For every M&A activity and expansion plan, there is a need to align the employees with the emerging outcome and new challenges. The senior management must invest time and effort to season the employees with the shift in paradigm. H.N. Shrinivas, Senior Vice President - Human Resources, The Indian Hotels Company Limited believes that “Cultural integration is the most crucial objective which must be addressed while operationalizing acquisitions. To achieve the cultural integration, one needs to initiate internal communication, create employee awareness, undertake relevant training programme which all go a long way in ensuring seamless integration of the new entity. The free flow of communication and adequate training programmes would guarantee that the brand value remains intact, post acquisition.” According to him, “the second most important aspect to deal with during M&A is rationalizing and revising pay scale to optimize processes. By modulating an apt HR policy we can remove the hindrances in the way of expanded entity.”
According to Prabhjot Singh Goomer, Director of Human Resources, Hilton, New Delhi, “The organizational and people-related challenges related to operationalizing acquisitions are as follows: firstly, communicating ‘how and when’ to the people concerned; secondly adapting to new philosophies, new culture and new leadership style; thirdly,re-aligning with new business goals; and finally, creating a comfort zone at various levels by minimizing resistance to change.”
While responding to the recent spur in merger and acquisition activities within the Indian hospitality space, Mr. Ramanathan, MD, Mahindra Holidays & Resorts says “Issues relating to compensation, titles, and responsibilities, if any, should be ironed out before the merger /acquisition, in a very transparent manner, and therefore these have not posed issues to us. The focus should be in integrating values and culture, in Mahindra we do it in a very systematic manner.”
Easy Alternatives: The hotel industry in India is fast losing educated and efficient professionals to other segments in the services sector. With new opportunities in sectors like BPO and retailing — both for experienced hotel executives as well as for entry-level hospitality degree holders — hospitality industry is no more the career path of choice for them. Sectors that offer better work-life balance, greater comparative remuneration and faster professional growth are catching the attention of young and experienced in the hospitality field. As per Bhasker Sen, AGM Training, Jaypee Palace Hotel and Convention Centre, Agra, “the shortage of skilled manpower in Indian hospitality industry is basically coming out of career move (plenty of options to choose from), economic growth (enhanced compensation) & enhanced quality of life (children’s education, medical facilities, entertainment), convenience or closeness towards family (elderly parents, only offspring, working spouse etc). We source fresh talent from the hotel management and catering institutes through both campus and off campus recruitment. Some numbers are always moving on to larger/metro cities to join hospitality trends, BPO business, banking industry or to join call centers.”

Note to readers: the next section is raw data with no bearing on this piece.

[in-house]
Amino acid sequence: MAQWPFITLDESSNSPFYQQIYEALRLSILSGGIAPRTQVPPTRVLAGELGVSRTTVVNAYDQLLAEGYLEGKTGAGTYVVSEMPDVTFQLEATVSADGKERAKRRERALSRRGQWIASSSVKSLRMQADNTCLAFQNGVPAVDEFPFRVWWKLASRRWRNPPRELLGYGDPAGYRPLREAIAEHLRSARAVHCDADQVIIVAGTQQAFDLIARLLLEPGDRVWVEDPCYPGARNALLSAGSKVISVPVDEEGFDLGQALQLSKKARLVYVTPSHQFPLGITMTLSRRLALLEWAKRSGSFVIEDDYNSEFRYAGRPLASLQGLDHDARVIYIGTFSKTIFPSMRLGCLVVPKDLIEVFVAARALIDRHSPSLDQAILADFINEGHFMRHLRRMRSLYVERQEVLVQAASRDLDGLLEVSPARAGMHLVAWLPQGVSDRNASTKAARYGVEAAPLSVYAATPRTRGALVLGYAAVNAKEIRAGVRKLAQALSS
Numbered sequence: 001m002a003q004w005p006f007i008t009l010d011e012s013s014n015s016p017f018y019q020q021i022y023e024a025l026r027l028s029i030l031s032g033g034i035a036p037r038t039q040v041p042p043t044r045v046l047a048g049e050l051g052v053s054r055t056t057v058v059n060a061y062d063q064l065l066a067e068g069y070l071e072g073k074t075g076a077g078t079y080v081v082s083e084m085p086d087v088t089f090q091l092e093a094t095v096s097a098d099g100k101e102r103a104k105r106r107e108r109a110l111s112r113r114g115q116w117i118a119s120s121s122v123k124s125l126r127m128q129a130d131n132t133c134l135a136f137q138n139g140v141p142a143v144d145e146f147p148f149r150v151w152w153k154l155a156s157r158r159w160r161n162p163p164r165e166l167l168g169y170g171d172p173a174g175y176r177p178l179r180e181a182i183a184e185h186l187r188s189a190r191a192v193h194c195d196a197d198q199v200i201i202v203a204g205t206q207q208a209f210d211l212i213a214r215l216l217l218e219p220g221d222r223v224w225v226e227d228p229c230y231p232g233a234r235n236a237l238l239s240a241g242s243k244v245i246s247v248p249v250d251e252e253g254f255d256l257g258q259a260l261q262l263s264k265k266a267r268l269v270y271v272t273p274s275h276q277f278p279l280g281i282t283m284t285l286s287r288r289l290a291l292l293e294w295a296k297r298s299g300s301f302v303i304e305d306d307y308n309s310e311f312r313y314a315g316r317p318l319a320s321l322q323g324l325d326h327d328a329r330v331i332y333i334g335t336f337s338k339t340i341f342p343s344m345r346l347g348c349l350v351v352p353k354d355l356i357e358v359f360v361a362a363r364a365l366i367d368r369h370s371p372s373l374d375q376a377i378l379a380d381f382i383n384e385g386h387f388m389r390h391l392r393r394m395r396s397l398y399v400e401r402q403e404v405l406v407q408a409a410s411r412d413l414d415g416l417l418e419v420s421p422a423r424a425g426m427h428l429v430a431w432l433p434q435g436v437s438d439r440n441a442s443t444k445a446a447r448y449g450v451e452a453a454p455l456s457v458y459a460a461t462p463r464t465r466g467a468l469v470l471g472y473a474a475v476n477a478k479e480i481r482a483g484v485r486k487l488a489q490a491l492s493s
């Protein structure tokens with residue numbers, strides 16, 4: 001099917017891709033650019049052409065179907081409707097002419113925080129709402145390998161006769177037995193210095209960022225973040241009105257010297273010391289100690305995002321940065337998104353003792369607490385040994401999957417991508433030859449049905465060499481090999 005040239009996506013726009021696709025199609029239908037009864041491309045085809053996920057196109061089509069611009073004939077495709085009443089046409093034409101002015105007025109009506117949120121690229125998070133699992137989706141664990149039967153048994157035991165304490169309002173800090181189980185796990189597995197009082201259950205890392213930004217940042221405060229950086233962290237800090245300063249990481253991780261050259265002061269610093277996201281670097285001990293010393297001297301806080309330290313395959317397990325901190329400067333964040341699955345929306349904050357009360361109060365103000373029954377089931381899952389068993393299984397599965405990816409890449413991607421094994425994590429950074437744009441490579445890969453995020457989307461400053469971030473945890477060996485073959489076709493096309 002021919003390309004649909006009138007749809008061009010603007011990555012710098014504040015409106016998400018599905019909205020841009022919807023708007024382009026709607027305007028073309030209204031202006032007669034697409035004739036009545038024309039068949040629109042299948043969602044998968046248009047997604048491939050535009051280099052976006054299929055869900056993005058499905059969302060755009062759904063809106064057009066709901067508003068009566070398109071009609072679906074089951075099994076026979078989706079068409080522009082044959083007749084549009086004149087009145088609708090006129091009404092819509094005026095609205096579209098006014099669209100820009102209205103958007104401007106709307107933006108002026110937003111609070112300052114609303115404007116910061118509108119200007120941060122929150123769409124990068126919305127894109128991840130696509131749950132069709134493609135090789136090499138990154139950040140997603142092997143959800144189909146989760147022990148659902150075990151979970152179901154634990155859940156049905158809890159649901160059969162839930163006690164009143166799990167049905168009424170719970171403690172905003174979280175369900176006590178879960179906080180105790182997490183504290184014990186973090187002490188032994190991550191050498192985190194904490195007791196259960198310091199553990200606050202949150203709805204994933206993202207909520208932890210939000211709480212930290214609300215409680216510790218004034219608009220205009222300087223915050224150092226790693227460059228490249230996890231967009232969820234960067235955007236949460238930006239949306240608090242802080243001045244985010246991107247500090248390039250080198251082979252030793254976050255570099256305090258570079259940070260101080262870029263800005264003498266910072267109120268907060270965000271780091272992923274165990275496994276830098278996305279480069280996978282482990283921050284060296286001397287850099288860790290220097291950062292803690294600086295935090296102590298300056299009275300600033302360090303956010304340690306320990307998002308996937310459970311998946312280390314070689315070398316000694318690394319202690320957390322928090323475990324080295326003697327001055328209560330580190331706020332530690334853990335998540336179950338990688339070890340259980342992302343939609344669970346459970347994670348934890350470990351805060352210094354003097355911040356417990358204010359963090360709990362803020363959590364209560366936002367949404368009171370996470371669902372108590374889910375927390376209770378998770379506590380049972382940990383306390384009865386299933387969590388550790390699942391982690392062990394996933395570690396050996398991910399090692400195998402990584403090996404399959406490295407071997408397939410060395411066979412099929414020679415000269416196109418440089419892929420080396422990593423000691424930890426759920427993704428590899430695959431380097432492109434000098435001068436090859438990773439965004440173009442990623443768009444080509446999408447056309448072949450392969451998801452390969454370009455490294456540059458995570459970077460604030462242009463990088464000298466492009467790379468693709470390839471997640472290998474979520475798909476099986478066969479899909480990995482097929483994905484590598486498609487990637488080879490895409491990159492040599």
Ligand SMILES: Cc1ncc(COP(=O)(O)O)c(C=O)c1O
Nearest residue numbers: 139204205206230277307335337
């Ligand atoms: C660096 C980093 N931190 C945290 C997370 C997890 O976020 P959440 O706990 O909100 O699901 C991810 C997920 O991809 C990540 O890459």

The industry is facing a consistent problem of attrition over the years. While analyzing the triggers of attrition, a host of factors can be identified. Prabhjot Singh Goomer -Director of Human Resources for Hilton New Delhi says that the factors which primarily contribute to attrition are: a) The way people are treated; b) Working conditions; c) Careers prospects; d) Salaries offered. He also feels that these factors trigger almost 70% of all attrition within the hospitality industry and believes that half the battle would be won if the people are treated fairly at work. The attrition would be minimal if the working conditions are good and the people are looked after. He sums up by making a point that, “As we say the guest returns to the hotel if he is made to feel welcome, it is true for the employees as well”.
Homogenizing Customer Experience across Hotels for Large Chains: The customer experience is made up of multiple interactions. Bhasker Sen, AGM Training, Jaypee Palace Hotel and Convention Centre, Agra believes that, “The creation of standards in practically all the services offered to the guest is the greatest challenge of all i.e. standardizing the products & services and the delivery. This happens despite SOPs and process governance as each property is unique in its people, hardware, the business operations, et al”. To create the magic across hotels, employees are encouraged to give suggestions and own up the processes. Bhasker Sen continues that, “Personalized services too have become important to better the customer experience. Employees are encouraged to interact proactively with the customers and walk that extra mile to address their concerns and requirements, in fact proactively anticipate their needs.”
Pressure of Rising Benchmark: In the ever-changing world of rising customer expectation, unpredictable revenue generation and growing competition, the managements of hotel companies are increasingly faced with severe challenges on how to run the business. According to Matthew Cooper, General Manager, Courtyard by Marriott, Gurgaon, “Maintaining profit margins in a dynamic market is very tough. As we wow our guests with a unique service today, tomorrow it becomes the norm and then becomes a cost of doing business. For example if one chain decides to include airport pickups in the rate, the customer expects this from all hotels in the market. This is not limited to India but the key to success in this situation is to understand the customer and the value perception inherent to that particular market segment.”